Markt watched with a smile on her face.

“People tell me that they don’t see how I can stand to be around all of these kids that are in such compromised states of health,” Markt said later, “but to me, making them feel better and taking them out of their situation, even for a brief moment, brings a lot of gratification. It’s a pretty good feeling.”

Johnson Vo, 24

Started volunteering: October 2015

Hours donated: 998.15

OHSU Volunteers
Volunteer Johnson Vo looks over a fenestrated endovascular stent graft model, used in endovascular aneurysm repairs. Vo is currently volunteering as he is in the application process for medical school, and gaining experience that he says has been "a very rewarding experience." (OHSU/Kristyna Wentz-Graff)

“When I die I want to be able to say that I made a difference,” says Johnson Vo, a research volunteer in the OHSU Knight Cardiovascular Institute Aortic Program.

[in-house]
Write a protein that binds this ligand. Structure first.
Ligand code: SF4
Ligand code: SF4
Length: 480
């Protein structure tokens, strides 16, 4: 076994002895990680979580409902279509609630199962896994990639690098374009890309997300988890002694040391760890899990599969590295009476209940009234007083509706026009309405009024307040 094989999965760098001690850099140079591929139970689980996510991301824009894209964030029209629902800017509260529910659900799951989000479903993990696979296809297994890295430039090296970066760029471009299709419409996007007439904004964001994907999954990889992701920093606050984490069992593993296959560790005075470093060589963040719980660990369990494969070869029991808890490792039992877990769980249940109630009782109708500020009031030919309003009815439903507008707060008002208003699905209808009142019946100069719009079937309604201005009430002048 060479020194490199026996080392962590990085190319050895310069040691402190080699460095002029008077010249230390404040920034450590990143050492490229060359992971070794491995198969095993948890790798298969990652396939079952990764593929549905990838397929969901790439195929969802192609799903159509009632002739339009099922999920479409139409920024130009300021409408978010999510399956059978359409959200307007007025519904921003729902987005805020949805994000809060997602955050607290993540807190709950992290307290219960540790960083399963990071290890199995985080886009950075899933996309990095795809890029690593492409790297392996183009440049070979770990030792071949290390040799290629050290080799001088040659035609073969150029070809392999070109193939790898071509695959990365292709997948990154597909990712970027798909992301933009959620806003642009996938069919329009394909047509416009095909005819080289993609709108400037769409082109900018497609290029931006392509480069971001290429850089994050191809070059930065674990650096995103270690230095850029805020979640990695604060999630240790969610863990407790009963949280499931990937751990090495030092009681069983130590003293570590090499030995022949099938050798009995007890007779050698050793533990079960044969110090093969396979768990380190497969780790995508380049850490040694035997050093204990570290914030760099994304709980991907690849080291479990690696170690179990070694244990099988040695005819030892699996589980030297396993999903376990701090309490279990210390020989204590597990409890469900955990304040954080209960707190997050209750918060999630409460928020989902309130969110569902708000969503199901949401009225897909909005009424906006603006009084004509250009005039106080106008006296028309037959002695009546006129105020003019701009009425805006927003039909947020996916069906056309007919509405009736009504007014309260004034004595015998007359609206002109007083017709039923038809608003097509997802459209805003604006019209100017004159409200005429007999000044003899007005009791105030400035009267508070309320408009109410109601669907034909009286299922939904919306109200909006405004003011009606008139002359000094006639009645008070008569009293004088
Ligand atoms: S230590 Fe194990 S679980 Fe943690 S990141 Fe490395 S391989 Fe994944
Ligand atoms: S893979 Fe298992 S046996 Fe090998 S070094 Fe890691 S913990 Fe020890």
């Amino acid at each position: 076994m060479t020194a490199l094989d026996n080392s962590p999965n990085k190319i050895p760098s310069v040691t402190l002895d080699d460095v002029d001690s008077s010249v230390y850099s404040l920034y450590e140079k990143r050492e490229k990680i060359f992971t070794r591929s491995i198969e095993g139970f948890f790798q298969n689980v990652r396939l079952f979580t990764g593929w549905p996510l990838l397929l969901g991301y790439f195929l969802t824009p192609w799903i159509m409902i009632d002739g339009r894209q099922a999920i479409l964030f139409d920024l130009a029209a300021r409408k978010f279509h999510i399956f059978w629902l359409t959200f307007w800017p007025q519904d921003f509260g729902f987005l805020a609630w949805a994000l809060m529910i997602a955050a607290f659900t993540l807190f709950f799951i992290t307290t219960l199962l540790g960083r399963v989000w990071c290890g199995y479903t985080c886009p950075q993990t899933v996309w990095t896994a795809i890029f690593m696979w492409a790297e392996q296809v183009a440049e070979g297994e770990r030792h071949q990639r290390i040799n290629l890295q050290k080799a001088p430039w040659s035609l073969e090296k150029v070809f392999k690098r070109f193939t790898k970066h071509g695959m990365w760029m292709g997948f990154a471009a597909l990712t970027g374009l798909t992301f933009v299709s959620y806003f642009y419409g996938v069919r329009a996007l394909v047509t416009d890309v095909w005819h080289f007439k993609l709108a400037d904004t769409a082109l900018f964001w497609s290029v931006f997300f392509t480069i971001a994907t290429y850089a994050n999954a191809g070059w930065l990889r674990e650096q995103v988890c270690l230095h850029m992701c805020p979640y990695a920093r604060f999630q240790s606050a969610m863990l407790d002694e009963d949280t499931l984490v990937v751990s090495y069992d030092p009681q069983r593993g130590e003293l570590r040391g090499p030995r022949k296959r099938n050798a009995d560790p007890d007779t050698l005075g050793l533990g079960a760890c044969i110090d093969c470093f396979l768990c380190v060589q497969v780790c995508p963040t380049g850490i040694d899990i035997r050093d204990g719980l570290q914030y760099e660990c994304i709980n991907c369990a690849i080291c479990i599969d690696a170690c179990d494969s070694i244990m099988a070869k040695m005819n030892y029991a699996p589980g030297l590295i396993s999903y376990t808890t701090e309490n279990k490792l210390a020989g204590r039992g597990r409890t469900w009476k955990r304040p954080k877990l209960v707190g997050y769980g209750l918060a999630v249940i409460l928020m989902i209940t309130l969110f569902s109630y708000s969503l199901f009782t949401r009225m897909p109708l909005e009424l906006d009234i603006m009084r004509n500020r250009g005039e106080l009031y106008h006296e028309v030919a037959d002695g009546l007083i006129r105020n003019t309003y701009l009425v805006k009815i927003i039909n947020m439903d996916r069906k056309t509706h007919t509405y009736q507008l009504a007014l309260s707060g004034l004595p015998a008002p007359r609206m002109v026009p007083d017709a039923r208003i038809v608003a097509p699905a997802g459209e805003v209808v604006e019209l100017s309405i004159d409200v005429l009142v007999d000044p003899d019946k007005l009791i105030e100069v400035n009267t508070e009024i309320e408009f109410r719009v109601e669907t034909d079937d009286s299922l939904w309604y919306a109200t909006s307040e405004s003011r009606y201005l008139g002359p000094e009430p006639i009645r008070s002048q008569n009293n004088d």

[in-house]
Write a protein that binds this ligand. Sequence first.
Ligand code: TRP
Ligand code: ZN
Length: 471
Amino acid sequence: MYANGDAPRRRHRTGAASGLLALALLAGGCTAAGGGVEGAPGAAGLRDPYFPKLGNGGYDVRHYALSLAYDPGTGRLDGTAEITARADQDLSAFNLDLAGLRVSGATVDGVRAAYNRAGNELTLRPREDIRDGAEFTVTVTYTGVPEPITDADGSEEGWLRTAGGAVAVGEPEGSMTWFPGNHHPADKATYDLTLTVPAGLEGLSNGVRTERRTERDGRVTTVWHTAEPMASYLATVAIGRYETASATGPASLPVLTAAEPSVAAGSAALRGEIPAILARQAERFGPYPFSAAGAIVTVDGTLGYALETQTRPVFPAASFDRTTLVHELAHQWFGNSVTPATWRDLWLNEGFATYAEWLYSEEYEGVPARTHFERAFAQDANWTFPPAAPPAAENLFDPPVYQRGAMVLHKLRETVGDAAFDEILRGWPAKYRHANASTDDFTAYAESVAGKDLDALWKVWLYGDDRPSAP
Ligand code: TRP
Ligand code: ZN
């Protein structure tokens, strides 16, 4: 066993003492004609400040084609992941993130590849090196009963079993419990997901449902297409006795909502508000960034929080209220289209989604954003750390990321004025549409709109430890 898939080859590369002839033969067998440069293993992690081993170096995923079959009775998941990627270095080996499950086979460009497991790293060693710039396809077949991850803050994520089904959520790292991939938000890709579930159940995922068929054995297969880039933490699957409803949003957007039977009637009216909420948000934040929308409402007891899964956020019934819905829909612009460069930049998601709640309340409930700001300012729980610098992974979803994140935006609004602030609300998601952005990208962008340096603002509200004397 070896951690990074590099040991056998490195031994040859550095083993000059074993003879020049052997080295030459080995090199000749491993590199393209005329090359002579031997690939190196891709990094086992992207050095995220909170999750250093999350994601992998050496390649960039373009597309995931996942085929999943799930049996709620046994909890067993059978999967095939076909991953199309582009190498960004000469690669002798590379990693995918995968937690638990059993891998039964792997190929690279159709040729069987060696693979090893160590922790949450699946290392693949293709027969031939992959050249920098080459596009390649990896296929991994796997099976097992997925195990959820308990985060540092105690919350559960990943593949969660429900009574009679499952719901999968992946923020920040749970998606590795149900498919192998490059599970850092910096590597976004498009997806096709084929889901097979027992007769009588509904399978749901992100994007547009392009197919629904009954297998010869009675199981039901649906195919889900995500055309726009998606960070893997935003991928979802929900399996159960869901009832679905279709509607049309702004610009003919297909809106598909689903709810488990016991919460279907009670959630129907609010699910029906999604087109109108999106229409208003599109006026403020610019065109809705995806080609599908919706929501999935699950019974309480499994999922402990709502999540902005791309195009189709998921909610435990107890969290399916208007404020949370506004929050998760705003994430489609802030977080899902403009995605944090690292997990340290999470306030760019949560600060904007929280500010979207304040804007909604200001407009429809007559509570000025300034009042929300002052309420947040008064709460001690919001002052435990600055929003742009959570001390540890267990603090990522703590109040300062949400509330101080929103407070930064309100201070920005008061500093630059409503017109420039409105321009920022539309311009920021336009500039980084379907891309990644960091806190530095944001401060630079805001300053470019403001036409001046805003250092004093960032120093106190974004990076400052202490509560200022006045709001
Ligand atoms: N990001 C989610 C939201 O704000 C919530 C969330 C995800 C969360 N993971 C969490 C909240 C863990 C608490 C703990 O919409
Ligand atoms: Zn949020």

He believes volunteering, in part, is a way to do that.

“It might be small, but you need to start somewhere,” he laughs.

Vo’s contributions to the program are nowhere near small. He donates about 20 hours a week, spending much of his time maintaining the Vascular Quality Initiative, a data collaborative for 12 major vascular procedures. Vo contacts patients post-operatively to gather information about post-procedural outcomes, and assists with training sessions for operation room staff that work on endovascular repair of aortic aneurysms.

Vo is currently applying to medical schools. He began volunteering as a way to gain more exposure to research and the hospital environment.

“I believe in my experience so far it has greatly improved my skill set, my social skills. It’s a very rewarding experience.”